In this post, I will explain what rights are laid out in the criminal justice process under the constitution.
What criminal procedures are laid out by the constitution to protect indivdual liberty.
Rights Under The 4th Amendment
One essential tenet of criminal law is the 4th Amendment, which is a part of the Bill of Rights.
The 4th Amendment to the U.S. Constitution reads:
The right of the people to be secure in their persons, houses, papers, and effects, against unreasonable searches and seizures, shall not be violated, and no warrants shall issue, but upon probable cause, supported by oath or affirmation, and particularly describing the place to be searched, and the persons or things to be seized4th Amendment of U.S. Constitution
Whenever any evidence is seized by police, it must be done according to certain rules and procedures.
- Evidence may be seized by consent of the accused to allow police to search his/her home, car, or office.
- Evidence can be seized at the scene of a crime if it is in plain view such as a weapon or illegal drugs, or if seized pursuant to a search of the person who has been arrested.
- Evidence may be seized with a valid search warrant that has been issued based on probable cause that evidence of a particular crime will be found in a certain location.
What Are The Requirements To Obtain A Search Warrant?
To obtain a search warrant, a police officer must in good faith attest in an affidavit that he or she has either personally observed evidence at a certain location or has information from reputable and reliable sources that incriminating evidence is likely to be found there.
The affidavit is presented to a judge or magistrate who reviews and signs it.
Once issued, police may not search beyond the limits of the warrant such as searching your car if the warrant only allows a search of your office.
Any incriminating evidence found in plain view such as cocaine lying on the kitchen table if officers are permitted by warrant or consent to be in your home may be seized without a warrant.
Rights Under The 5th Amendment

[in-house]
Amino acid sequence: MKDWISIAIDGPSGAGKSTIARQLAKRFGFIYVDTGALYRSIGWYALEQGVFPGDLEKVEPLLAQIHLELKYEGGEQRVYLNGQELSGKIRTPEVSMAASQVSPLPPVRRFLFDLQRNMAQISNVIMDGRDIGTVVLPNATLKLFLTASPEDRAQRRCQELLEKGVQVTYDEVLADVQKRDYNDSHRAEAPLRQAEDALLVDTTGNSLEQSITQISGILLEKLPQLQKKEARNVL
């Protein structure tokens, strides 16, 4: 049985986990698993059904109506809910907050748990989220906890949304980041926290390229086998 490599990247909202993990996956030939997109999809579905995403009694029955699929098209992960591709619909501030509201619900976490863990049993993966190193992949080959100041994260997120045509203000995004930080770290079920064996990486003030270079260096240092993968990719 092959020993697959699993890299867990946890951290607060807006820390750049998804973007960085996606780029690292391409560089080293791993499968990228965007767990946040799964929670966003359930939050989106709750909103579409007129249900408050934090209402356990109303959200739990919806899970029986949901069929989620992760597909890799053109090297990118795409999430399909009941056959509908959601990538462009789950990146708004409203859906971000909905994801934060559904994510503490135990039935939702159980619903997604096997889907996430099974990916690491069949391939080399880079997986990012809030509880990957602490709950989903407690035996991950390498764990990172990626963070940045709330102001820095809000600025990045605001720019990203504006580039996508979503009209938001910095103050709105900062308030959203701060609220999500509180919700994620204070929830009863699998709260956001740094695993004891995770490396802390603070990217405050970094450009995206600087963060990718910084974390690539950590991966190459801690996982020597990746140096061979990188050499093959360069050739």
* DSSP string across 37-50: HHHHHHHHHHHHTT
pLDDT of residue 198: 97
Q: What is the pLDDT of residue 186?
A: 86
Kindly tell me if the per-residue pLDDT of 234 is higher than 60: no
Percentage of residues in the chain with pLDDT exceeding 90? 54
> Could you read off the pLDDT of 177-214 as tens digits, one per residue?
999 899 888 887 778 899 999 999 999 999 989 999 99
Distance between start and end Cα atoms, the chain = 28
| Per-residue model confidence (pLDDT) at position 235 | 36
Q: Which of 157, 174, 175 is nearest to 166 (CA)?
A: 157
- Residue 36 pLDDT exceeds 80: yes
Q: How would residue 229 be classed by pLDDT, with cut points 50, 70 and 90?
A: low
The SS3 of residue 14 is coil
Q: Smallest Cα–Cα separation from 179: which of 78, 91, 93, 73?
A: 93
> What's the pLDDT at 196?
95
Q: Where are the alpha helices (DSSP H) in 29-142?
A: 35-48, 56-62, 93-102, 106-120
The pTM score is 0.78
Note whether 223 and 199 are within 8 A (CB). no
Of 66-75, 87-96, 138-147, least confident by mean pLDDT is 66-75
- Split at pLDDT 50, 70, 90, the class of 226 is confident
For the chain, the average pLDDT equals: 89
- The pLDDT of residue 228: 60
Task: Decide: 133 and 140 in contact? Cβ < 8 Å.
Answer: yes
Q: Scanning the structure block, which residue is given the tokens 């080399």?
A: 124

There are several important sections to this amendment that are relevant to criminal procedure.
- Prohibition against self incrimination
- Double jeopardy
- Right to a grand jury
- Due process of law
The 5th Amendment to the U.S. Constitution states:
No person shall be held to answer for a capital, or otherwise infamous crime, unless on a presentment or indictment of a Grand Jury, except in cases arising in the land or naval forces, or in the Militia, when in actual service in time of War or public danger; nor shall any person be subject for the same offence to be twice put in jeopardy of life or limb; nor shall be compelled in any criminal case to be a witness against himself, nor be deprived of life, liberty, or property, without due process of law; nor shall private property be taken for public use, without just compensation.5th Amendement to U.S. Constitution
Prohibition Against Self Incrimination
An essential provision in the 5th Amendment is the prohibition against self-incrimination where you cannot be compelled to be a witness against yourself.
You may refuse to testify in any proceeding such as a deposition in a civil case or “take the 5th” if you believe that your testimony could incriminate you in a certain crime.
If you were arrested, police or investigators cannot question you without first advising you of your right to not say anything to them.
Further, if you do not testify at your trial, the judge must instruct the jury that they must not make any inference of guilt based on your election to not take the witness stand.
What Are The Exceptions To The Bar Against Self-Incrimination?
- You can be compelled to have your fingerprints taken,
- A photograph of you,
- Your DNA obtained by a cheek swab,
- In some cases a sample of your blood without these actions considered incriminating for the purposes of the 5th Amendment.
There is a double jeopardy clause in the 5th Amendment that means that you cannot be tried twice for the same offense after a conviction or an acquittal and you may not punished multiple times for the same offense.
However, if convicted in state court you could be subject to prosecution in a federal court for crimes arising out of the same incident under the dual sovereignty doctrine.
For example, if you were convicted of homicide in state court, you could be prosecuted by the federal government for violating the victim’s civil rights under a federal statute.
Right to a Grand Jury
In a federal case, you can only be charged for a capital offense (homicide, treason, e.g.) or other crimes against the federal government by indictment issued by a grand jury.